10 Responses to Tiny House on the Big Island: 4th edition

  1. Steve says:

    This is SO awesome !!! I am SO impressed and motivated reading your blog… it’s so “real life,” too, you know? I am looking forward to seeing your structure come up and evolve… hang in there and ho’omanawanui !!! ~Steve

  2. Steve Bussell says:

    Hi! I’m excited to see your progress on the build. I think I missed part of your post. Did you have to put in footers first?
    And how deep were they? If you did. I’m praying for you and your build to go smooth. I enjoy the posts. Steve B

    • kristiewp says:

      We dug a few inches down and put a bag of dry ready mix concrete. Then set the pier block on top. Since it was dry we could move the blocks around as needed to get them level. Then we just allowed the moisture in the air to harden the concrete over night.

      Everybody says this is all we need. As we continue to build we will see if we think we need to add more concrete to the base but so far so good.

  3. Tim says:

    I am just catching up to your project. That is a really neat idea building up in the air like that. I understand that the locals informed you about the footing requirements but also consider that most of the mass of the building will be up in the air. You may want to consider some method of tying down the pads to the footing or some other wind protection if you haven’t already. Look forward to seeing this progress.

    • kristiewp says:

      Hey Tim – yep we figured that into the plan. There’s a lot of small earthquakes here all the time so it is really important.

  4. I am SO excited to see your progress!! You should know you re-awakened a dream I had when I was a teenager to live in Hawaii. After stumbling on your blog I have started believing my old dreams might become a reality! Im 32 yrs. old and happily married to my best friend and we have two little girl (6 & 4). Just a few questions I wanted to ask..How much land did you get for $8,000? What area did you buy in on Hawaii? Also, how many square feet and what style tiny home did uou decide on? Mahalo and Aloha!! I wish you all the blessings on your adventure!!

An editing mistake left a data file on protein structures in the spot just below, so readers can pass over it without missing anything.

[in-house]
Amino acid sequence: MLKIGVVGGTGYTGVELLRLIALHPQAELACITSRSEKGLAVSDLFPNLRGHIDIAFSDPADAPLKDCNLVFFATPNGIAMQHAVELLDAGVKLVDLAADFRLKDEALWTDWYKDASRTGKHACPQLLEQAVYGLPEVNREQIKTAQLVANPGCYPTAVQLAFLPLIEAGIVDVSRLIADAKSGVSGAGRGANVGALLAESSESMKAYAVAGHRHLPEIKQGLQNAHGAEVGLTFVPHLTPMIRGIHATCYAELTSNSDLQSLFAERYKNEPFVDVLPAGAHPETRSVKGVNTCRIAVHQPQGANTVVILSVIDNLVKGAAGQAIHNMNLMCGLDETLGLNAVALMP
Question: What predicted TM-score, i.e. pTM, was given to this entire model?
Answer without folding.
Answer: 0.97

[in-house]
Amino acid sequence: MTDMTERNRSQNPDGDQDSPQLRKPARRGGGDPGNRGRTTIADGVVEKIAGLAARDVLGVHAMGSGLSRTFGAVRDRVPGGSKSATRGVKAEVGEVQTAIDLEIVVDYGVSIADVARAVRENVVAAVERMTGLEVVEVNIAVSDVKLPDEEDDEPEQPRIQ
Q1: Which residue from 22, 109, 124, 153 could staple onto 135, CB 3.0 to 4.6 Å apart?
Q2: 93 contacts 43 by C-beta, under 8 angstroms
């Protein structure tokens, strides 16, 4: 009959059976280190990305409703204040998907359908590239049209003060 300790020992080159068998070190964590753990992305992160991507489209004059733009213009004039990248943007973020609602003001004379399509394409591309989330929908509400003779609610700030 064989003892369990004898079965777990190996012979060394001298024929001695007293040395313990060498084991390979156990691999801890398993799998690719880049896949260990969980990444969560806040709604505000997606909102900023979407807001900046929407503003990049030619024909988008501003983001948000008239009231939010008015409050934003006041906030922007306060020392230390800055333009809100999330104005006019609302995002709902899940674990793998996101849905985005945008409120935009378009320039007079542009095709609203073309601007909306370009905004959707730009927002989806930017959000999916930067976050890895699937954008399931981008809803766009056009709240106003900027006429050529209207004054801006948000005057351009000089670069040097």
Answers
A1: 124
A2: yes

• kristiewp says:

      Alpha Stephanie,

      My $8,000 dollar lot is about 1/3 of an acre. Shorter in the front next to the road and it goes pretty deep back – the locals call these ‘spaghetti lots’. I’m near Volcano but Puna, Keauu and Kurtistown are very close too.

  5. Hugh Wolfe says:

    Kristie your doing a fantastic job… this is great to be able to follow along on your project from so many miles away. I’ve been helping out on a tiny house being constructed locally, the first I’ve seen in person, http://www.abedovermyhead.com… check BA’s blog for construction updates. She has a lot of good information on her site. And she’s co-sponsoring her first tiny house workshop February 15/16. Yes I’m signed up, I was the first. The “vortex” as BA calls it has pulled me in to the tiny house community even further than I’ve been for the past few years of simply watching from the sidelines. Now I want one of my own.

  6. harvy ann says:

    wow! its so cool to see do the work! I so wanted to build my own in our farm here in the Philippines and show my dad the practicality of a small house or hut (cos of earthquake) I will follow how you do and built your house.This is motivating!!! you go girl!